Community of Gingolx driver Fraser Doolan makes a regular transit run from the village at the mouth of the Nass River through the Nass Valley and down to Terrace. There's a proposal now to set up a north-wide transit booking system to make it easier for people to book riders on the wide variety of transit services available in the region. (Staff photo)

Booking service proposed for northern transportation services

Would greatly assist passengers by reducing confusion, frustration

A Prince George-based economic development agency wants to adapt a European-developed online booking system for passengers using the myriad of transit services in northern B.C.

From nearly 20 First Nations and community groups to BC Transit to the provincially-owned BC Bus service, a number of transit options, mostly financed by the provincial government, surfaced when Greyhound cut its service to northern communities four years ago.

The services either connect smaller communities to neighbouring larger ones or are meant to span the expanse of the north.

But what’s lacking, says the Northern Development Initiative Trust, is an integrated passenger booking system.

“Residents need to act as their own travel agents when they want to travel between multiple communities using bus services, resulting in confusion, frustration and decreased use of existing services,” the Trust outlines in a request sent to northern local governments seeking support for the project.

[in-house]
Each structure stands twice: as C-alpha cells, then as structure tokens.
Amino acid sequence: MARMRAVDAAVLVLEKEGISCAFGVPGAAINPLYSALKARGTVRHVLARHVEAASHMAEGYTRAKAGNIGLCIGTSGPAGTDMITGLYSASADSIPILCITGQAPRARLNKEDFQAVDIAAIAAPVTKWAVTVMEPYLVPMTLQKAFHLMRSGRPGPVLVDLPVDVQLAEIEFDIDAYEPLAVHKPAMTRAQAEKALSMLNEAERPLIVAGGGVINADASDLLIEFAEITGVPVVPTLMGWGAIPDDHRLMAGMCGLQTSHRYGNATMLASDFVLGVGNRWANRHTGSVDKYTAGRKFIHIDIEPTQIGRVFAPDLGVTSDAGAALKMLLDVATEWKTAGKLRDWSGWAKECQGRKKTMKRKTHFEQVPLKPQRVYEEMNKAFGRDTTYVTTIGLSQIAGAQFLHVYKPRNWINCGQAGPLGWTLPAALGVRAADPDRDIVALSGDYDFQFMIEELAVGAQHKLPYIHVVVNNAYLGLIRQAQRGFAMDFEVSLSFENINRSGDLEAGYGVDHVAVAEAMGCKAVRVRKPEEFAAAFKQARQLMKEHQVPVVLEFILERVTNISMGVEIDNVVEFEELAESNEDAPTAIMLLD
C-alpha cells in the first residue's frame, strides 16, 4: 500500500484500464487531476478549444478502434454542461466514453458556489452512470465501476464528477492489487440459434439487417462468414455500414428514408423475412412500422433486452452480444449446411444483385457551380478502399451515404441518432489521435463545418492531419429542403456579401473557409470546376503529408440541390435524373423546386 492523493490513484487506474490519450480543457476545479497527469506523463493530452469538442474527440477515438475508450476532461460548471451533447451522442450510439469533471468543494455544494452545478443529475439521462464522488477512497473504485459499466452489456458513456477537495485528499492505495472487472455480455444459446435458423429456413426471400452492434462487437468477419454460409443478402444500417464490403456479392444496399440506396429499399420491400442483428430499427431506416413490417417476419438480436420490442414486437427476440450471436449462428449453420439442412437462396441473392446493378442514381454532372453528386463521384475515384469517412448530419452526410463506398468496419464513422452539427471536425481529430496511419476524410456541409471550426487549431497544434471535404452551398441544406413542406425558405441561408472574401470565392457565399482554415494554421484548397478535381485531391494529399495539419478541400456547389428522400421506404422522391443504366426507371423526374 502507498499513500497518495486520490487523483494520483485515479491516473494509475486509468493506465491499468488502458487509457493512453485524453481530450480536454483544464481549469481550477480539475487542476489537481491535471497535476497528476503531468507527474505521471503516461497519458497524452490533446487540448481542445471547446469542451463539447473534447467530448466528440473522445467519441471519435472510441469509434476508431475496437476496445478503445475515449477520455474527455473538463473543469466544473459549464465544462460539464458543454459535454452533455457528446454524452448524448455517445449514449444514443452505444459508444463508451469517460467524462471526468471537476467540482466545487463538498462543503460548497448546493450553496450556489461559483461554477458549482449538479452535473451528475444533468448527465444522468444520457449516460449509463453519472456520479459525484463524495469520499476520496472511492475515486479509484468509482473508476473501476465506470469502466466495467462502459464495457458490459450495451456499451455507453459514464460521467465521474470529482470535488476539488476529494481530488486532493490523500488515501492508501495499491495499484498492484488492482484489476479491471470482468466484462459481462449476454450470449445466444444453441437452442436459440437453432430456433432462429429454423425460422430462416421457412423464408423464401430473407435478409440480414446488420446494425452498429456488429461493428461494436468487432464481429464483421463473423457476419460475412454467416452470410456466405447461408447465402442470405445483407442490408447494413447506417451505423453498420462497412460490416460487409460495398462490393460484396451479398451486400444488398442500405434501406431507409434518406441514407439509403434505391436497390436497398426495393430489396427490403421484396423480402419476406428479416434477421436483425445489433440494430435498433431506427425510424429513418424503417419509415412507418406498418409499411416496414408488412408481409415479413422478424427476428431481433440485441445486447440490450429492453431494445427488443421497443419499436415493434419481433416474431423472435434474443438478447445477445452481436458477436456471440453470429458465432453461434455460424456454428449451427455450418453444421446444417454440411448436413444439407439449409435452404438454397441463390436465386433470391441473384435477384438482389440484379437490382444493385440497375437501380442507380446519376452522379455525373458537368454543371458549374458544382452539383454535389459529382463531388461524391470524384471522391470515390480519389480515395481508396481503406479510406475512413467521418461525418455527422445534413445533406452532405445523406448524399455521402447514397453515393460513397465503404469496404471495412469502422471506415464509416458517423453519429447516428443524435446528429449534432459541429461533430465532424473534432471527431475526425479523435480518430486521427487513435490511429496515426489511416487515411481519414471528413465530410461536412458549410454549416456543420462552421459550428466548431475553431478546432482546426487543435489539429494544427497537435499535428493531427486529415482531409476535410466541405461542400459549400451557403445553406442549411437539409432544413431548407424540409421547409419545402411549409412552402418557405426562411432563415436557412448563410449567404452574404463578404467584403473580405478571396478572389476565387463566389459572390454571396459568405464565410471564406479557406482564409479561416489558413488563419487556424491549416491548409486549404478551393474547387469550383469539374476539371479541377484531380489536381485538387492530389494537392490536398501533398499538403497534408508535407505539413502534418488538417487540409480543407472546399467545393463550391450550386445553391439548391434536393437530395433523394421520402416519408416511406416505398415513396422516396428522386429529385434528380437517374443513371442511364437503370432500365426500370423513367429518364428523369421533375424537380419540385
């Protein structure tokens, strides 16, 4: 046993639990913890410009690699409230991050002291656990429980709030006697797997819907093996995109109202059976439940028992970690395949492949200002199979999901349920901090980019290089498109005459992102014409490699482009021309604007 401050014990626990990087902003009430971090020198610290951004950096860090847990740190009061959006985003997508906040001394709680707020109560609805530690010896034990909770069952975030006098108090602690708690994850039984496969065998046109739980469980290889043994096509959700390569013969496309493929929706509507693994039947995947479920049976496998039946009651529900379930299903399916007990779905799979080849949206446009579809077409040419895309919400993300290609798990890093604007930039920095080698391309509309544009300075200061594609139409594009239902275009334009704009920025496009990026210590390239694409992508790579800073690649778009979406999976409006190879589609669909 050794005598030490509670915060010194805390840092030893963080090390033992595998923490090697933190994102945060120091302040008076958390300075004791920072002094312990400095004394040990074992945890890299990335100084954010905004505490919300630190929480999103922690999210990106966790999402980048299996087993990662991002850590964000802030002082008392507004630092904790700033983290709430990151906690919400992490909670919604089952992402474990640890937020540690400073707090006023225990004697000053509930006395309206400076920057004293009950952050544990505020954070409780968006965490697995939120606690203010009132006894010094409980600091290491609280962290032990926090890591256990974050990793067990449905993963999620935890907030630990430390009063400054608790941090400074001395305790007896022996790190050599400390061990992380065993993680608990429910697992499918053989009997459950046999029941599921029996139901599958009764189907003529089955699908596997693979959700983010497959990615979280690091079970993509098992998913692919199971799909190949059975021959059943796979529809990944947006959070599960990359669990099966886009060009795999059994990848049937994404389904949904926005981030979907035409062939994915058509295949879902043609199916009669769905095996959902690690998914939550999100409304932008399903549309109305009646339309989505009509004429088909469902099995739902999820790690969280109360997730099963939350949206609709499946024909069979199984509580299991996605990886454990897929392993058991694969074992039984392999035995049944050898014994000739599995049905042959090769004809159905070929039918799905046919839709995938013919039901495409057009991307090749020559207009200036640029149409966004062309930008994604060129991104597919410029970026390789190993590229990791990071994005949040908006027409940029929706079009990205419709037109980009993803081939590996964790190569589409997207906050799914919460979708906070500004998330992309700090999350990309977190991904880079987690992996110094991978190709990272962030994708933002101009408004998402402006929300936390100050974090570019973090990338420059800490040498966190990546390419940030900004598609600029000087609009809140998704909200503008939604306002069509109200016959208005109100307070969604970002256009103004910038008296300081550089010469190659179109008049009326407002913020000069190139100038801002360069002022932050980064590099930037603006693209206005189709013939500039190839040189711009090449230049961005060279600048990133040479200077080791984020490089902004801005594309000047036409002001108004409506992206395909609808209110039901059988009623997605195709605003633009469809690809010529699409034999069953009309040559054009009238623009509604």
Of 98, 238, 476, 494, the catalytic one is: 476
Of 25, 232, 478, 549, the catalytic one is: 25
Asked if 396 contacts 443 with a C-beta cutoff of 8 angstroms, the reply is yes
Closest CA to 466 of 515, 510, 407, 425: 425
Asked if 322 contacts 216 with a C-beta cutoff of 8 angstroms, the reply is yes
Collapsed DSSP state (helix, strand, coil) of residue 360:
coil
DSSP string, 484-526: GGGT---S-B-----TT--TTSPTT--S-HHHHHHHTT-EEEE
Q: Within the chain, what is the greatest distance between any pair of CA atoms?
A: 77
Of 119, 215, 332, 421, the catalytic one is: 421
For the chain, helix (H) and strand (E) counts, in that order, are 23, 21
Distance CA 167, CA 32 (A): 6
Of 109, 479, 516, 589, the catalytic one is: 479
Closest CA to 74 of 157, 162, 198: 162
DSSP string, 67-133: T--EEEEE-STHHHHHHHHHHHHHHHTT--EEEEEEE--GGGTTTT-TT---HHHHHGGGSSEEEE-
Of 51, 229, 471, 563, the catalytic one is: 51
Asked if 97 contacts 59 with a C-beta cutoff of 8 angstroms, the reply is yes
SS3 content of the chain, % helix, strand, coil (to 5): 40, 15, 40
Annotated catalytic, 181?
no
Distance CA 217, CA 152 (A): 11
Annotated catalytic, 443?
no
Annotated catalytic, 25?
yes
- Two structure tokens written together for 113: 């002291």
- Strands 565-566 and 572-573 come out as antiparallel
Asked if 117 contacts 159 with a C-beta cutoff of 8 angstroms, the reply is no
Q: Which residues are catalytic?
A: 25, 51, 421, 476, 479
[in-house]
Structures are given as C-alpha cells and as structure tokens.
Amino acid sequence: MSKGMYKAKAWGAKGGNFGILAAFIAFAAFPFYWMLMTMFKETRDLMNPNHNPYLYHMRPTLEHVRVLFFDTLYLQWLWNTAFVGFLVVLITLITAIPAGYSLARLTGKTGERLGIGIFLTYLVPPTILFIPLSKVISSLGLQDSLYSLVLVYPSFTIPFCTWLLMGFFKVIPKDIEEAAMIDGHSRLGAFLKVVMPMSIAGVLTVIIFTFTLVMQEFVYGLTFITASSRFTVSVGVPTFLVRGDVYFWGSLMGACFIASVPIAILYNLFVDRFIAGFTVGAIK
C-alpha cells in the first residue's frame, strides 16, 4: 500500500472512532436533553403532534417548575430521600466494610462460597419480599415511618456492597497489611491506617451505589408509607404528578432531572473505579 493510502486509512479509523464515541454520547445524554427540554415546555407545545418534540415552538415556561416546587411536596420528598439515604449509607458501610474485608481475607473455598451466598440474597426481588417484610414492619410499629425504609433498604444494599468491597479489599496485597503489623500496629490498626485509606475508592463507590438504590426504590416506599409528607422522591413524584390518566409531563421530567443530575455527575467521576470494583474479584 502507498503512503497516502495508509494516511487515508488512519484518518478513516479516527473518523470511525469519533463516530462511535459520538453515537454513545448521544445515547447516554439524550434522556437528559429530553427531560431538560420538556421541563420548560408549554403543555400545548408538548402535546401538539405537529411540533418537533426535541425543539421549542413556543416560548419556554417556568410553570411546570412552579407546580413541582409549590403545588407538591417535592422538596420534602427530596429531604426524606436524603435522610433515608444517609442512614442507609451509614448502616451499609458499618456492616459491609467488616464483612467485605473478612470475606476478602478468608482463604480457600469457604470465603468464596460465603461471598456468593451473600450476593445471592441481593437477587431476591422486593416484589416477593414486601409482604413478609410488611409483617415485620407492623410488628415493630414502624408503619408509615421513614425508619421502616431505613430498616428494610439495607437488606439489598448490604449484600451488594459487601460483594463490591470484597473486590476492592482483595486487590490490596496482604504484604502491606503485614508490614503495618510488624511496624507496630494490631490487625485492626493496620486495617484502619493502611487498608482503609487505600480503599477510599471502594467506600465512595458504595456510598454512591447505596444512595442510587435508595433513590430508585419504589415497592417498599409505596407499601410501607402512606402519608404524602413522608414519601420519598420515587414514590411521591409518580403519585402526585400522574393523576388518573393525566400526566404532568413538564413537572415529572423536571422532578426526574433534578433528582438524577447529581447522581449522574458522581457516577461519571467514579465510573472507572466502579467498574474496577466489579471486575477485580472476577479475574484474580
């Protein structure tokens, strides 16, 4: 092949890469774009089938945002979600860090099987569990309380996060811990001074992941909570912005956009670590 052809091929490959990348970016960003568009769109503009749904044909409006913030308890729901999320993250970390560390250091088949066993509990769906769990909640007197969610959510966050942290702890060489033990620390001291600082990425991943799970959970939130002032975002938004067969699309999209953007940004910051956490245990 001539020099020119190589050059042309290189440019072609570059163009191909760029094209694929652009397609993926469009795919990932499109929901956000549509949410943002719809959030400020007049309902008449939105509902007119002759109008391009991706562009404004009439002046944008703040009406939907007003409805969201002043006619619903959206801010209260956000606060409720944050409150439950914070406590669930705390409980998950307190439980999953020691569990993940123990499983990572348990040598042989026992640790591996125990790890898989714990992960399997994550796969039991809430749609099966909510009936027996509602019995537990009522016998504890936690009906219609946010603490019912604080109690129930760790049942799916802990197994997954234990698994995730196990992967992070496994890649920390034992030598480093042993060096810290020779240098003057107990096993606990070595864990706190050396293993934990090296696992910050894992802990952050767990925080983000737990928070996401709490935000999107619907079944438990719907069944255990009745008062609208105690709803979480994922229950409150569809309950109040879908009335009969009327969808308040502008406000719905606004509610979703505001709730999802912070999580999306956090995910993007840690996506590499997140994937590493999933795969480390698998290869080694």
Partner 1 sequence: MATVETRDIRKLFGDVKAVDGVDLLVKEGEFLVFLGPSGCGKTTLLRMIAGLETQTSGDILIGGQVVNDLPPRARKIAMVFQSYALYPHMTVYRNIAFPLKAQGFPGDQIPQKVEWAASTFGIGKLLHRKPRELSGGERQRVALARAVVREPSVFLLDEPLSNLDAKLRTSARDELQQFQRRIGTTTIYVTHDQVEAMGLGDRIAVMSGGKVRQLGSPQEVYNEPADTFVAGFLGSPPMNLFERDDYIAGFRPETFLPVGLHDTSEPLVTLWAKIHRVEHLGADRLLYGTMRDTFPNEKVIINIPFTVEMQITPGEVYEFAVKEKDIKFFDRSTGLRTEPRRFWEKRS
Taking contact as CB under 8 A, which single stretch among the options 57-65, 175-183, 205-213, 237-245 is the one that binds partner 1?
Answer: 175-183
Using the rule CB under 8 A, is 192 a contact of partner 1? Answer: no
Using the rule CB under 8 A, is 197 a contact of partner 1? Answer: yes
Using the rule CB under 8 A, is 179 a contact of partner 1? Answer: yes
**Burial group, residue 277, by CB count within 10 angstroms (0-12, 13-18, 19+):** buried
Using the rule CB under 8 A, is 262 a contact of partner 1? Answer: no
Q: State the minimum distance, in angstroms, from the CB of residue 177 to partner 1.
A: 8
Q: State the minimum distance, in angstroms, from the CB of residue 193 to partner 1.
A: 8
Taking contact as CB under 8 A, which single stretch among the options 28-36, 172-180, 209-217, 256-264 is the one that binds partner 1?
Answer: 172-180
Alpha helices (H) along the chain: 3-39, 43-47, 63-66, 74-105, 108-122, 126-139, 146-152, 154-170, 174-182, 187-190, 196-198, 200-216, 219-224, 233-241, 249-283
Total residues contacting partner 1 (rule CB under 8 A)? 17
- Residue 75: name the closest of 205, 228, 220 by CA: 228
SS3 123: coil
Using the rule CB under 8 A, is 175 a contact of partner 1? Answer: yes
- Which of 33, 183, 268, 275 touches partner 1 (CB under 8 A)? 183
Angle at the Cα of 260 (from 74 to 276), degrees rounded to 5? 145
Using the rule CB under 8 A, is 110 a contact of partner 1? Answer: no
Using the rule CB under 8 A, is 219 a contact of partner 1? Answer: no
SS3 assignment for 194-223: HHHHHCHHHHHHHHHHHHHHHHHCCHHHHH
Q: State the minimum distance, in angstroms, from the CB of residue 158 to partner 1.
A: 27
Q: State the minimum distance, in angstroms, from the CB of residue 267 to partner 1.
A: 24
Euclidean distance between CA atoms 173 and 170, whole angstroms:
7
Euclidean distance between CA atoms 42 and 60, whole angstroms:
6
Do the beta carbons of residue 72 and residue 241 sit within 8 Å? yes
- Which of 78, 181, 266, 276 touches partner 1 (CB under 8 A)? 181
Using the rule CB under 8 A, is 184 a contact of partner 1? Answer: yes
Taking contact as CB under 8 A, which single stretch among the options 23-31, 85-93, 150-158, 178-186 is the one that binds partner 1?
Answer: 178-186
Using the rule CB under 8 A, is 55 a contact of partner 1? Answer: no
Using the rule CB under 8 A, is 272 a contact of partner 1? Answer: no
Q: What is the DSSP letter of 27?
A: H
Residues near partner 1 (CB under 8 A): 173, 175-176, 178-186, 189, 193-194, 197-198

What’s proposed is “an app that can be downloaded and used on an smartphone as well as a website, call centre support and public information campaign,” the trust continued.

“Northern Development sees this lack of technology as a key economic barrier for people movement in the region, making it more difficult for residents to locate to or continue to live in small, isolated communities.

While the trust says the service would be financially sustainable once up and running, money’s needed to get it going.

Anna Duff, who speaks for Northern Development, said there’d be no charge for the smaller community groups and First Nations who have received money from the province via the agency.

The latest round of money, $2.8 million, went to 18 groups and First Nations in March, including the Village of Granisle for service to Houston and Burns Lake, the Dze L’Kant Friendship Centre Society for service connecting Houston to Telkwa and Smithers and to Gingolx in the Nass Valley for service to Terrace.

“Other service providers will be able to join the booking system for a fee. Joining the booking system may conceivably increase overall bookings for most services as they will be easier to find and integrated into the overall network, justifying the fee to join,” said Duff.

BC Transit provides service between communities, including a Hazelton to Terrace run and a Houston to Smithers route.

And the provincial government’s BC Bus North service provides long distance services, connecting Prince Rupert to Prince George twice a week.

Also providing a northern transit service is the Northern Health Authority through its Northern Connections buses connecting passengers with medical appointments to the appropriate facilities and services.

Its service options expanded several years ago so that anyone over 60 can ride a Northern Connections bus.

The Northern Development Initiative Trust has asked the District of Houston council, among other local governments in the region, for a support letter in hopes of convincing the provincial transportation ministry to share development costs.